To demonstrate this, Hamso follows what he describes as the ROI pyramid, which is divided into five steps. It starts with satisfaction and planned actions. This can be achieved by asking guests or delegates about the content of the event, and whether they intend to take specific actions as a result of attending. Pure Event Management's Wilson admits to regularly conversing with her clients to gauge levels of satisfaction. "We look at the feedback that we receive from our clients on the events we produce, so that we can assess whether they have been successful and satisfied the objectives," she says.

Another agency that does not regularly get asked to provide event measurement, but for the past five years has developed its own model, is Mask. Seemingly taking inspiration from the ROI pyramid, Mask managing director Arthur Somerset reveals that his model also follows a strict set of rules. "We look to find out the objective of the event and work with the client to measure it," reveals Somerset. "The objective could include a variety of elements, such as attendance, sales, client retention or staff motivation, or whether guests received the message that was intended to be sent, which could be as simple as a 'thank you'."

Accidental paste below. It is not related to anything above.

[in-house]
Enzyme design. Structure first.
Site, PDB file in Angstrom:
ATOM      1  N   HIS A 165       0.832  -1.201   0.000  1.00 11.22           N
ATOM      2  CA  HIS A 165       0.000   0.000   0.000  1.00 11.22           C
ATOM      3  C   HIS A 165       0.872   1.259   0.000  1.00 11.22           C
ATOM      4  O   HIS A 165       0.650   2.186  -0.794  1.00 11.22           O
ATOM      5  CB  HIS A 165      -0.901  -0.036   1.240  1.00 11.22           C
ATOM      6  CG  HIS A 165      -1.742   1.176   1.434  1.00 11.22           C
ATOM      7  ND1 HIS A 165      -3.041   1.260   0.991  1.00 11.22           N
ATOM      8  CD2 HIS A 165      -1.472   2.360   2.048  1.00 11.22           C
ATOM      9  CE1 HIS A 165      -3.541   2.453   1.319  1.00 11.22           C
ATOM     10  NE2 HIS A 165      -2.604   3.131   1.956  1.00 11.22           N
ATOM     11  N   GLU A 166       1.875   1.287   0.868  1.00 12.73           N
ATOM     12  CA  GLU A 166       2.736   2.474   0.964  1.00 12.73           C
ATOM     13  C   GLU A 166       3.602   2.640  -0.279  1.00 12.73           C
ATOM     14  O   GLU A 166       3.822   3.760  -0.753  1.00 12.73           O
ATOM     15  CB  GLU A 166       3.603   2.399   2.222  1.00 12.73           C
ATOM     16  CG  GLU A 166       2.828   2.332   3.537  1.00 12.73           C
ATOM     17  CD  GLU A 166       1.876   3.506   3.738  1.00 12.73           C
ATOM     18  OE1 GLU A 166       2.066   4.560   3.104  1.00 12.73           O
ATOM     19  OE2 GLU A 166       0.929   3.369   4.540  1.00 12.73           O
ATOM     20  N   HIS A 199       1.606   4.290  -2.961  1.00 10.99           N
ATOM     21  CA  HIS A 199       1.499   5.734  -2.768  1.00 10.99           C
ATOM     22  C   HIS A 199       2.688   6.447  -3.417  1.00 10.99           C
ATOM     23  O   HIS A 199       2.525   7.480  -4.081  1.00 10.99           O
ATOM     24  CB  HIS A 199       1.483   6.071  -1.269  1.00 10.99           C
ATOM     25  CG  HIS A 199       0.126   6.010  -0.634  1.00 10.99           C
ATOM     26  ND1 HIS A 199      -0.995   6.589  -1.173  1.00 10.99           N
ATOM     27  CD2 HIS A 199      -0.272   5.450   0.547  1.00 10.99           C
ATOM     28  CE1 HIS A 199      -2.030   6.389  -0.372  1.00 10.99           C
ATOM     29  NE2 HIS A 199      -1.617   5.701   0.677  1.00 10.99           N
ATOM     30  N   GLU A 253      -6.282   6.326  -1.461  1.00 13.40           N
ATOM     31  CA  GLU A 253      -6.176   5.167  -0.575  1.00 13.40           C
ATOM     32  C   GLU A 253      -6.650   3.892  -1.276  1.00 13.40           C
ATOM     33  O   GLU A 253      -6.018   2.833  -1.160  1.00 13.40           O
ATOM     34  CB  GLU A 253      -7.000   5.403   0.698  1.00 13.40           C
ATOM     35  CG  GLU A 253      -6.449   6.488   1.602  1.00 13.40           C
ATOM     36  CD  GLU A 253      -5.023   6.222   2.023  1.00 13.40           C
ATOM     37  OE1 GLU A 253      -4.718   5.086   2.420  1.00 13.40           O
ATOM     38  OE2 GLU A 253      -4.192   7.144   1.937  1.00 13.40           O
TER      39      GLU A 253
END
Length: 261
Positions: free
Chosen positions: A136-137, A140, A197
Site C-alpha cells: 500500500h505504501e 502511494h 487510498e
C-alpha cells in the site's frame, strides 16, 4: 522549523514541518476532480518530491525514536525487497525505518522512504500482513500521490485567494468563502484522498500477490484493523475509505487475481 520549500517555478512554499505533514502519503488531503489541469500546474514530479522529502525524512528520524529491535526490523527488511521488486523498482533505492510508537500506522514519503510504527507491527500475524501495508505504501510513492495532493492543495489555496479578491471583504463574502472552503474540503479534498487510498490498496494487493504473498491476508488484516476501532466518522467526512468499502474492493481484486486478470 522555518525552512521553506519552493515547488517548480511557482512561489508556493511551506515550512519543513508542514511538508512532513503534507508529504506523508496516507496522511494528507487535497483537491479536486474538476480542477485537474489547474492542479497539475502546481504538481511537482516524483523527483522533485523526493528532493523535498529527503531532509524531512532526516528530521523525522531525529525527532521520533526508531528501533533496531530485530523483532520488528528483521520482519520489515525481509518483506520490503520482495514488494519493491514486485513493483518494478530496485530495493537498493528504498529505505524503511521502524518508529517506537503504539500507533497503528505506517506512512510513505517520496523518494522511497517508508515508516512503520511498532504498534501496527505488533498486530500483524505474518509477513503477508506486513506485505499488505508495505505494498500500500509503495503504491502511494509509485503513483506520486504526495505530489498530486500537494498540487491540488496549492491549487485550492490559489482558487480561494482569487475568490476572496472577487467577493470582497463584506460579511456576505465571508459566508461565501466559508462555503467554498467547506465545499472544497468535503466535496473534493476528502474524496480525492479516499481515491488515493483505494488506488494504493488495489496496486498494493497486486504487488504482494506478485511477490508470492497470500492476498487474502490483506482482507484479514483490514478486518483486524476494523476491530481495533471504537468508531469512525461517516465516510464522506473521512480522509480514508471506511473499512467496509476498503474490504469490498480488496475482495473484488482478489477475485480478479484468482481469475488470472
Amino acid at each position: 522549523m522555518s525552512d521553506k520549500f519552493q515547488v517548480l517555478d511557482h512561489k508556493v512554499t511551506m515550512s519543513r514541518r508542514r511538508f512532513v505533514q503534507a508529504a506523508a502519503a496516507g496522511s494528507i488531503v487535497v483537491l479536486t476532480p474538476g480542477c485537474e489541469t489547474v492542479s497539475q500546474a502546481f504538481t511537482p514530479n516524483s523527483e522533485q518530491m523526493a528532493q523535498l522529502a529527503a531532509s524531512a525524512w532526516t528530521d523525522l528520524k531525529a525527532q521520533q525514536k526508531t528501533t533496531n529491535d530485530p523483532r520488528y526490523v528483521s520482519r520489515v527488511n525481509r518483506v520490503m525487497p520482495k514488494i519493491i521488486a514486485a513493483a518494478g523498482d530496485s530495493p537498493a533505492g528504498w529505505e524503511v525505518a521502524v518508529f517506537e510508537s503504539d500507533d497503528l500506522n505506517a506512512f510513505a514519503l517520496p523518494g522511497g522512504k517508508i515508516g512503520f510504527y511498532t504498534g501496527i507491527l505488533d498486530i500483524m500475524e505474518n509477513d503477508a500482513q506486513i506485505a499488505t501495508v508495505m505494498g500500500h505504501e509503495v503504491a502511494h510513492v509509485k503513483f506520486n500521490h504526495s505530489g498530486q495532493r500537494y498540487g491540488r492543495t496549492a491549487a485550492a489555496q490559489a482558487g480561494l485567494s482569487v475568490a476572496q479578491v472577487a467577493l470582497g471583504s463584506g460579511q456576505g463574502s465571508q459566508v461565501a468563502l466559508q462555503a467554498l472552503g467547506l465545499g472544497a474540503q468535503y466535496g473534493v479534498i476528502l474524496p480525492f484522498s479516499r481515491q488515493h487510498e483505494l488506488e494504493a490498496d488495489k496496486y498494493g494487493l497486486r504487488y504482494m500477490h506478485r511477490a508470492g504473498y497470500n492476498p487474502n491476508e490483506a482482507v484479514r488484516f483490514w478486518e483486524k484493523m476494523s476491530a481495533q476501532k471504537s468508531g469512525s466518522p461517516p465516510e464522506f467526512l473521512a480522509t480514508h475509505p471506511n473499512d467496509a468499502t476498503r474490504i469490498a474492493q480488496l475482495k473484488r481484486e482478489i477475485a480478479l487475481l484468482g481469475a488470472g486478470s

In a similar vein, European Events's Palmer-Jeffrey believes that ROI is not necessarily a strict financial equation and that an improved working environment will pay dividends in many different ways, which in turn will eventually feed into the bottom line. "Not all entertaining is corporate or for charity," he says. "For many organisations it is about staff morale and motivation."

This in itself leads onto the second stage of the pyramid, which is about learning and is split into four aspects: attitudes, information, skills and relationships. From here the next step is measuring application. "This is where you need to look at what your guests or delegates have learnt from the event," says Hamso. It is here that companies can discover whether or not the planned actions were achieved. "This is about the 'guests doing something afterwards' element, putting into practice the skills, attitudes, relationships and information provided in level two," says Hamso.

Underpinning all of this is the impact that this new knowledge will have on the business or client who has held the event. For example, if a group of people can work better and more efficiently together as a result of team building, or if sales staff apply their new skills and are able to sell more in the future, then the fourth level - the business impact - will have been attained.

When all of the first four levels of the pyramid model have been reached, all that remains is to work out what the ROI is as a profit percentage of the cost of the event. "The ROI calculation itself is very simple once business impact has been converted into money and the costs have been recorded," says Hamso.